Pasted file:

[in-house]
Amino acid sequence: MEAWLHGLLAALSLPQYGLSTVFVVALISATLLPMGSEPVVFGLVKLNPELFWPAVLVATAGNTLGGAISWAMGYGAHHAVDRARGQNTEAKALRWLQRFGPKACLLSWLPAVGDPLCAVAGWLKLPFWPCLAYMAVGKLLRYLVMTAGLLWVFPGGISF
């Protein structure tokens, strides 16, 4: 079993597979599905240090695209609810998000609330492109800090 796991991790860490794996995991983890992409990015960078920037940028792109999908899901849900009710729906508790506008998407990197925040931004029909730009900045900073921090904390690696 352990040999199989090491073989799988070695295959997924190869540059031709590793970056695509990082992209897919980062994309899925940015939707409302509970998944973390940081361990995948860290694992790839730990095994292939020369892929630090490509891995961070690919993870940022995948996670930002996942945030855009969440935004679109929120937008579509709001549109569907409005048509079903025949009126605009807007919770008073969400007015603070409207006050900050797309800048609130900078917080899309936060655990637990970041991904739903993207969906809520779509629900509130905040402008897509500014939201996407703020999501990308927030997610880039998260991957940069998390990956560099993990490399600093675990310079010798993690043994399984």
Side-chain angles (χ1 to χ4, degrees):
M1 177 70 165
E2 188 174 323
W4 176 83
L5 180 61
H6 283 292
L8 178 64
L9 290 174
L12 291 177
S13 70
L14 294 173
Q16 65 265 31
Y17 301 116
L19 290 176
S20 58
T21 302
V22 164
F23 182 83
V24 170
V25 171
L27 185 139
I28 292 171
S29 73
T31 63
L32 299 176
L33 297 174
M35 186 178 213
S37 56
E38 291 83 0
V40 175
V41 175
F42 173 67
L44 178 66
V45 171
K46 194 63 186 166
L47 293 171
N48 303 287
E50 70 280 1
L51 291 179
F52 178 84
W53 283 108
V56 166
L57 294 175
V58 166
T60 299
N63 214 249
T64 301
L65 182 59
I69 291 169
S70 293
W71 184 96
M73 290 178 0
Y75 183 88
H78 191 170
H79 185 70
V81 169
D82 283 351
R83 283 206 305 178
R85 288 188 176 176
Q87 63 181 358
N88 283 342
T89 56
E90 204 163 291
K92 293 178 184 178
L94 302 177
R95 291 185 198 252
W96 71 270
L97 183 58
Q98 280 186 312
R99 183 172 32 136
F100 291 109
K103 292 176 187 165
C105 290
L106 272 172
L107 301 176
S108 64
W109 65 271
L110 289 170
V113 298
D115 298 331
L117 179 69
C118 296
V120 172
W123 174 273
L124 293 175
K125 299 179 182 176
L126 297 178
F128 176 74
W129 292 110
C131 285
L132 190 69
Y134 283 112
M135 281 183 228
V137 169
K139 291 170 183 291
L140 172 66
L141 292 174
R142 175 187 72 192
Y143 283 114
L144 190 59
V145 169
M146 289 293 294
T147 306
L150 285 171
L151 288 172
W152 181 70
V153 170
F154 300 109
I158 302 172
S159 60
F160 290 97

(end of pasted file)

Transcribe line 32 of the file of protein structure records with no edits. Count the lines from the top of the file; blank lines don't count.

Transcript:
E38 291 83 0